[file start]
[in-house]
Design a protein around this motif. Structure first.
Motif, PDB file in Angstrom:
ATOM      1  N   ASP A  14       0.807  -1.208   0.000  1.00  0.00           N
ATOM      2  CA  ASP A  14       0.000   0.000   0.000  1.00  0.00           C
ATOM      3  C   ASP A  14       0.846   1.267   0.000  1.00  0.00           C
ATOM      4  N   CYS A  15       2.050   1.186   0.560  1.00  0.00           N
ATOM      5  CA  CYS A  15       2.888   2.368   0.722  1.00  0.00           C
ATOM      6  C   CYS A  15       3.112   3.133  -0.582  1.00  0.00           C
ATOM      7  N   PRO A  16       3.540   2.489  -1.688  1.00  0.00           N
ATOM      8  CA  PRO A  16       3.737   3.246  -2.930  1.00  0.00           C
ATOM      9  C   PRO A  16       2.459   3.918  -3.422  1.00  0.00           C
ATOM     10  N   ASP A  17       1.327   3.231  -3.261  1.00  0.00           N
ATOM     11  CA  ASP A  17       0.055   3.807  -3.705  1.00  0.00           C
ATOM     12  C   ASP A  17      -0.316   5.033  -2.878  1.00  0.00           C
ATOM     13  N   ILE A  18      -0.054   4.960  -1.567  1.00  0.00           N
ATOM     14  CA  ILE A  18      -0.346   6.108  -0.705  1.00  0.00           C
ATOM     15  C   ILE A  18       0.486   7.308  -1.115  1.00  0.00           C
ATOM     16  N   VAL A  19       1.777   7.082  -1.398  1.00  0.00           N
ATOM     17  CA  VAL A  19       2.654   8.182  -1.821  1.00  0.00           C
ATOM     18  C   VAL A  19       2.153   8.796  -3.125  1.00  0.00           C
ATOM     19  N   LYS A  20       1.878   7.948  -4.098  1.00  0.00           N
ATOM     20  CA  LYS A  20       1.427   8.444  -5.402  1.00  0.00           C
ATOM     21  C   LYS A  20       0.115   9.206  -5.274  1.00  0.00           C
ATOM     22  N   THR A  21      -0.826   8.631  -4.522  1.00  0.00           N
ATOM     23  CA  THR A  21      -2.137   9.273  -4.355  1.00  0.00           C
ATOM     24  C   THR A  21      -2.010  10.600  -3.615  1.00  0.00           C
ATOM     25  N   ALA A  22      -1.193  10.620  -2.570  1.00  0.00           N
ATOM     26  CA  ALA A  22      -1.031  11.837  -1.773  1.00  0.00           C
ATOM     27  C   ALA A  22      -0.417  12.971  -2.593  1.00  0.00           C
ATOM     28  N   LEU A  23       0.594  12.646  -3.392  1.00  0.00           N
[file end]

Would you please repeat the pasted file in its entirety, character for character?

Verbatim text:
[in-house]
Design a protein around this motif. Structure first.
Motif, PDB file in Angstrom:
ATOM      1  N   ASP A  14       0.807  -1.208   0.000  1.00  0.00           N
ATOM      2  CA  ASP A  14       0.000   0.000   0.000  1.00  0.00           C
ATOM      3  C   ASP A  14       0.846   1.267   0.000  1.00  0.00           C
ATOM      4  N   CYS A  15       2.050   1.186   0.560  1.00  0.00           N
ATOM      5  CA  CYS A  15       2.888   2.368   0.722  1.00  0.00           C
ATOM      6  C   CYS A  15       3.112   3.133  -0.582  1.00  0.00           C
ATOM      7  N   PRO A  16       3.540   2.489  -1.688  1.00  0.00           N
ATOM      8  CA  PRO A  16       3.737   3.246  -2.930  1.00  0.00           C
ATOM      9  C   PRO A  16       2.459   3.918  -3.422  1.00  0.00           C
ATOM     10  N   ASP A  17       1.327   3.231  -3.261  1.00  0.00           N
ATOM     11  CA  ASP A  17       0.055   3.807  -3.705  1.00  0.00           C
ATOM     12  C   ASP A  17      -0.316   5.033  -2.878  1.00  0.00           C
ATOM     13  N   ILE A  18      -0.054   4.960  -1.567  1.00  0.00           N
ATOM     14  CA  ILE A  18      -0.346   6.108  -0.705  1.00  0.00           C
ATOM     15  C   ILE A  18       0.486   7.308  -1.115  1.00  0.00           C
ATOM     16  N   VAL A  19       1.777   7.082  -1.398  1.00  0.00           N
ATOM     17  CA  VAL A  19       2.654   8.182  -1.821  1.00  0.00           C
ATOM     18  C   VAL A  19       2.153   8.796  -3.125  1.00  0.00           C
ATOM     19  N   LYS A  20       1.878   7.948  -4.098  1.00  0.00           N
ATOM     20  CA  LYS A  20       1.427   8.444  -5.402  1.00  0.00           C
ATOM     21  C   LYS A  20       0.115   9.206  -5.274  1.00  0.00           C
ATOM     22  N   THR A  21      -0.826   8.631  -4.522  1.00  0.00           N
ATOM     23  CA  THR A  21      -2.137   9.273  -4.355  1.00  0.00           C
ATOM     24  C   THR A  21      -2.010  10.600  -3.615  1.00  0.00           C
ATOM     25  N   ALA A  22      -1.193  10.620  -2.570  1.00  0.00           N
ATOM     26  CA  ALA A  22      -1.031  11.837  -1.773  1.00  0.00           C
ATOM     27  C   ALA A  22      -0.417  12.971  -2.593  1.00  0.00           C
ATOM     28  N   LEU A  23       0.594  12.646  -3.392  1.00  0.00           N